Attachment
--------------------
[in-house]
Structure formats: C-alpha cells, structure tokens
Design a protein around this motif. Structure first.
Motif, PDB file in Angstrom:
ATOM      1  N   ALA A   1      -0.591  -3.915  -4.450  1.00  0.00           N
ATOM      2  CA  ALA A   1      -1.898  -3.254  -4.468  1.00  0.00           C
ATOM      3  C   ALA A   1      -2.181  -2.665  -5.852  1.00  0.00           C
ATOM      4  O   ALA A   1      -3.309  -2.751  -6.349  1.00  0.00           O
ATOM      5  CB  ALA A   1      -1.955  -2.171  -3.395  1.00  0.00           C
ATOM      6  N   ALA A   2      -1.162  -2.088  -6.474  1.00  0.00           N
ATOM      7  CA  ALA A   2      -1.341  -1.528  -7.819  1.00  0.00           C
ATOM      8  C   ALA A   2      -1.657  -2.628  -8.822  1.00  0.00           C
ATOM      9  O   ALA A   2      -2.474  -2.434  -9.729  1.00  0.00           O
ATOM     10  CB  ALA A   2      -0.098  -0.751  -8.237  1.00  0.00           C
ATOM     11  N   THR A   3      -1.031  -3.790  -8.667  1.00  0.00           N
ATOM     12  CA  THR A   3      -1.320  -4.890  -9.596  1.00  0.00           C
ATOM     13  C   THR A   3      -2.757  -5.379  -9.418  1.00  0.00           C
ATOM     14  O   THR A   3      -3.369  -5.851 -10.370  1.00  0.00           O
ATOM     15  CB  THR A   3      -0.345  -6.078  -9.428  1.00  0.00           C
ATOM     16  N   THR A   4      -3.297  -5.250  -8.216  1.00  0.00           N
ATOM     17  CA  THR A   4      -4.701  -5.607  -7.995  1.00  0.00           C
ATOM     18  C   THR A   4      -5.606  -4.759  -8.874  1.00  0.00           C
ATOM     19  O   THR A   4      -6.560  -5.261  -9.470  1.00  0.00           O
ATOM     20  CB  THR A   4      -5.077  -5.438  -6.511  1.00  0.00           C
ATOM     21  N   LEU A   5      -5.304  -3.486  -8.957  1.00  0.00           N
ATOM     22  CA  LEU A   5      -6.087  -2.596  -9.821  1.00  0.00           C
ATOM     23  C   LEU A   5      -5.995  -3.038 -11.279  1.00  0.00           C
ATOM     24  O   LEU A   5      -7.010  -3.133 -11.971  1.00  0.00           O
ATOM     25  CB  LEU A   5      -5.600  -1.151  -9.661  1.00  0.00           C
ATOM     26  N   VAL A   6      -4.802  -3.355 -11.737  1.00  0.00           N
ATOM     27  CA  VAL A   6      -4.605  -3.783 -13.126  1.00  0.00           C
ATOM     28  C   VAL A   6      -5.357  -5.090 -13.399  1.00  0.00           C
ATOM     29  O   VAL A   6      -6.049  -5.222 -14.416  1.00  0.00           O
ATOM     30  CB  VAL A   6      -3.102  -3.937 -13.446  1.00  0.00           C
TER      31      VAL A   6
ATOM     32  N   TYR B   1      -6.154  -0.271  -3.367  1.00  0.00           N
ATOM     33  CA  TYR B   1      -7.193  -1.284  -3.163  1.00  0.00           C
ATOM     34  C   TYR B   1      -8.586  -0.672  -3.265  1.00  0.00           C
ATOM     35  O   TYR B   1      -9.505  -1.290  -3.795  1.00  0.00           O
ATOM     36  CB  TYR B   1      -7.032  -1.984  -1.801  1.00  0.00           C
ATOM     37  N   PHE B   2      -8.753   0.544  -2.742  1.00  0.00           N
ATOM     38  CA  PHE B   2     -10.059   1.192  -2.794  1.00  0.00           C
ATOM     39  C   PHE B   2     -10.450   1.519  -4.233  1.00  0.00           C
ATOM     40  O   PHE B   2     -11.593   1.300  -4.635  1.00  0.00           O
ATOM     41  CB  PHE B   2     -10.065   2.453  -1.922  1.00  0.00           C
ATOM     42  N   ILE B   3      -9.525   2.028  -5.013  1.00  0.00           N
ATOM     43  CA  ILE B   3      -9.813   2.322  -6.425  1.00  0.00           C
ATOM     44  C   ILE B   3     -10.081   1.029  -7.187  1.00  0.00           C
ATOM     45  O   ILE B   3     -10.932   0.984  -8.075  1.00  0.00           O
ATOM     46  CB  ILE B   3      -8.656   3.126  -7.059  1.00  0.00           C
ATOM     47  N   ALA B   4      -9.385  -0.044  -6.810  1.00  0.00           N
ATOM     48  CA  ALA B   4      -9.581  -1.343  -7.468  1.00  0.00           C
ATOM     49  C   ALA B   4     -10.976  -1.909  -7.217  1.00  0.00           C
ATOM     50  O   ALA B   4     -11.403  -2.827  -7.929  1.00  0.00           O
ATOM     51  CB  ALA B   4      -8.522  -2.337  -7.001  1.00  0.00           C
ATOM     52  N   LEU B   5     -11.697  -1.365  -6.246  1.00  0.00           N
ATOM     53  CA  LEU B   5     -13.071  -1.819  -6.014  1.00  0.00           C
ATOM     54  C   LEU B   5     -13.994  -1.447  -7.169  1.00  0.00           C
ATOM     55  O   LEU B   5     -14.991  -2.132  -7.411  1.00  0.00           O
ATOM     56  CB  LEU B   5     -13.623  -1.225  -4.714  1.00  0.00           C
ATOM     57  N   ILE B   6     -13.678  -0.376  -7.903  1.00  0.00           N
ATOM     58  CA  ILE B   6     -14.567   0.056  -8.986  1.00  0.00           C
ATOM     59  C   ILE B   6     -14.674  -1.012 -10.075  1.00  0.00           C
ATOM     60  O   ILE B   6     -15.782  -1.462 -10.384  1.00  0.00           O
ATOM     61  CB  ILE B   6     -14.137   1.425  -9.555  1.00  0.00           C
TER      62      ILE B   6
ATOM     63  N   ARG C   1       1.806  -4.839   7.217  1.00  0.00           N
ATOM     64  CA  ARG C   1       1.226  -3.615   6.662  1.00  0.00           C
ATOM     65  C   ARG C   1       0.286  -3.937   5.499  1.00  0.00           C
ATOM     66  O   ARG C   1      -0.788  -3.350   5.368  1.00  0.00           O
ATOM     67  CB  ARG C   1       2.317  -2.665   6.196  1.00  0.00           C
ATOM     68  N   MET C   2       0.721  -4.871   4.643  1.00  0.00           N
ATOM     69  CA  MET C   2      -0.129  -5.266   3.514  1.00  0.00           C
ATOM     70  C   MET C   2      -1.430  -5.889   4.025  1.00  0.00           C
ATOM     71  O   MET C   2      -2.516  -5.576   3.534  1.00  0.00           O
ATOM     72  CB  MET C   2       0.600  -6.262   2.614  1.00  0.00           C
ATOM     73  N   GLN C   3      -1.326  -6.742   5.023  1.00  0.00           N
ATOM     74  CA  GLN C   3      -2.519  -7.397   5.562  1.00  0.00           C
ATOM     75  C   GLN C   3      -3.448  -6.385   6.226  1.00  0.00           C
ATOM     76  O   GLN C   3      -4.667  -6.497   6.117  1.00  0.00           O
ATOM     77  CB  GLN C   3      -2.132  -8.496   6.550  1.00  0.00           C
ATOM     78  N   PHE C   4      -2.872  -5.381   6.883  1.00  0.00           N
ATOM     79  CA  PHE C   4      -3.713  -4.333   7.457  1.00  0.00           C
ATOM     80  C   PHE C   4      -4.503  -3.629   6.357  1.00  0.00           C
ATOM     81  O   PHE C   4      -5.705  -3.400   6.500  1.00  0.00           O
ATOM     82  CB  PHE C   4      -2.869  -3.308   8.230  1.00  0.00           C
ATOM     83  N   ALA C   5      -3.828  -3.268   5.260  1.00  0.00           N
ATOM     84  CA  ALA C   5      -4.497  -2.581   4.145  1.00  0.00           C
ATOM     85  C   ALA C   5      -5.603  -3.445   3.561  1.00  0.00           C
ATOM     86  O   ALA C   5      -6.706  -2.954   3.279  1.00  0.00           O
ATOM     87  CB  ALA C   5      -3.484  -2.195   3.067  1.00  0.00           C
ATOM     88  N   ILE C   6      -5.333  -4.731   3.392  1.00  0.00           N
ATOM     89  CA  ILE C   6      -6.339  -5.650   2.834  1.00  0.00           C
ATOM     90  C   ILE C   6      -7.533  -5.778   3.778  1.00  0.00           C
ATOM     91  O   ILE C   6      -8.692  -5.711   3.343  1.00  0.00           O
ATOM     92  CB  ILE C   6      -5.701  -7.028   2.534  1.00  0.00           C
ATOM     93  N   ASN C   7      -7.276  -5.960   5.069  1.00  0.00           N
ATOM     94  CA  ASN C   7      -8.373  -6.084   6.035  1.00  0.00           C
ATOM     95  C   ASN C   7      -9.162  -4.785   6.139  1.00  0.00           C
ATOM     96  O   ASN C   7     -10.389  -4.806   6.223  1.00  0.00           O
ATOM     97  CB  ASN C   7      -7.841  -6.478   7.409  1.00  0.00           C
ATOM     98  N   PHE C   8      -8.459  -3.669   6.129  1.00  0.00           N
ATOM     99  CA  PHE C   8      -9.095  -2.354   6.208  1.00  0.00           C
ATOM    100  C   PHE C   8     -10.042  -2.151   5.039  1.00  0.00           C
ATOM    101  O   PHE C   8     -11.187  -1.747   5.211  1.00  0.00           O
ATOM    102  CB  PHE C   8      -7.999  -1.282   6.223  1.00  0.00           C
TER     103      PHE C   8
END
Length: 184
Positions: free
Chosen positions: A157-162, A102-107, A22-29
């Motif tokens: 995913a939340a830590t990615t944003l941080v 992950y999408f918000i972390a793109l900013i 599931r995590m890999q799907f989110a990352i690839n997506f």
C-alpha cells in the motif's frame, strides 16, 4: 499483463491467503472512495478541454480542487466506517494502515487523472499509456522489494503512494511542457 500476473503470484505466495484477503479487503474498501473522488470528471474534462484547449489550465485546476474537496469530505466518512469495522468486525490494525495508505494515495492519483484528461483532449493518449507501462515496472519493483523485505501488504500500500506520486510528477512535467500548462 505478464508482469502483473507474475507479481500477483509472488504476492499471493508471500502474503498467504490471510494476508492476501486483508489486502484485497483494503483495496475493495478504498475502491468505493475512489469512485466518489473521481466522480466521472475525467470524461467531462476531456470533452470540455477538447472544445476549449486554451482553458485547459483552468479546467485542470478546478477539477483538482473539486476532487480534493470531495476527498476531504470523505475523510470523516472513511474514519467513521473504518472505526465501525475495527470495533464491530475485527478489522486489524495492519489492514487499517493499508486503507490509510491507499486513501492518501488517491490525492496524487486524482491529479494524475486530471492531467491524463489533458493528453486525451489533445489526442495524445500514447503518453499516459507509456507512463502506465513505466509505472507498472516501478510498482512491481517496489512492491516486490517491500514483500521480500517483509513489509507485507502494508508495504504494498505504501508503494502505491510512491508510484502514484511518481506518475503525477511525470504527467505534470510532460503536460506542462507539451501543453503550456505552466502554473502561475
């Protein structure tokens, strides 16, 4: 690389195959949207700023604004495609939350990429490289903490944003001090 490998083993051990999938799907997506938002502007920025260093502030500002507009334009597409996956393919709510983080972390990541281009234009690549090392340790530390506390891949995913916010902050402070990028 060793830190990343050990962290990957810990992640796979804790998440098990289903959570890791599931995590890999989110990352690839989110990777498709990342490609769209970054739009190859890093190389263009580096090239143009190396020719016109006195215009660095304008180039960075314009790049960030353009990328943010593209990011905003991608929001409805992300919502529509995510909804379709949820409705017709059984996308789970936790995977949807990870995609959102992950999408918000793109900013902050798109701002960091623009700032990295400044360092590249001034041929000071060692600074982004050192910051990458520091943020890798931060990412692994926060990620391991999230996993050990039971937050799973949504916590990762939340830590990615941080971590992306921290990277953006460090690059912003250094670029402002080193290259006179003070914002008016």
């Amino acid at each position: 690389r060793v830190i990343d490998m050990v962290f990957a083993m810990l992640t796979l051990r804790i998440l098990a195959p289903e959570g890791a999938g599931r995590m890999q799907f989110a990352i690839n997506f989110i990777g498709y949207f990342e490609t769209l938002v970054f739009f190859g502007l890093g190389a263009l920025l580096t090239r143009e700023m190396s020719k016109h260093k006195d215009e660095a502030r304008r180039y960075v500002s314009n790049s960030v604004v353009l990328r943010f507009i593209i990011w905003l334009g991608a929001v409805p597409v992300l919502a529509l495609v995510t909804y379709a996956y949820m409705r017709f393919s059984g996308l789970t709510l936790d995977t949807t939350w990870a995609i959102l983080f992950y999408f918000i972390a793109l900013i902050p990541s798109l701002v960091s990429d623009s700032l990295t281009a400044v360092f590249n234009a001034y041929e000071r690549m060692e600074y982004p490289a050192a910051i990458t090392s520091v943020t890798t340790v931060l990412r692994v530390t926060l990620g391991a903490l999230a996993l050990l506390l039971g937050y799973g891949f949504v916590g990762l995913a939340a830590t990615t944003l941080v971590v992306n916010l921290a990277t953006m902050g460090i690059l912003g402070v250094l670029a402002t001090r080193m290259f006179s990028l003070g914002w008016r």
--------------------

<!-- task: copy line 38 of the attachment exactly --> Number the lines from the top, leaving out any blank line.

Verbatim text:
ATOM     34  C   TYR B   1      -8.586  -0.672  -3.265  1.00  0.00           C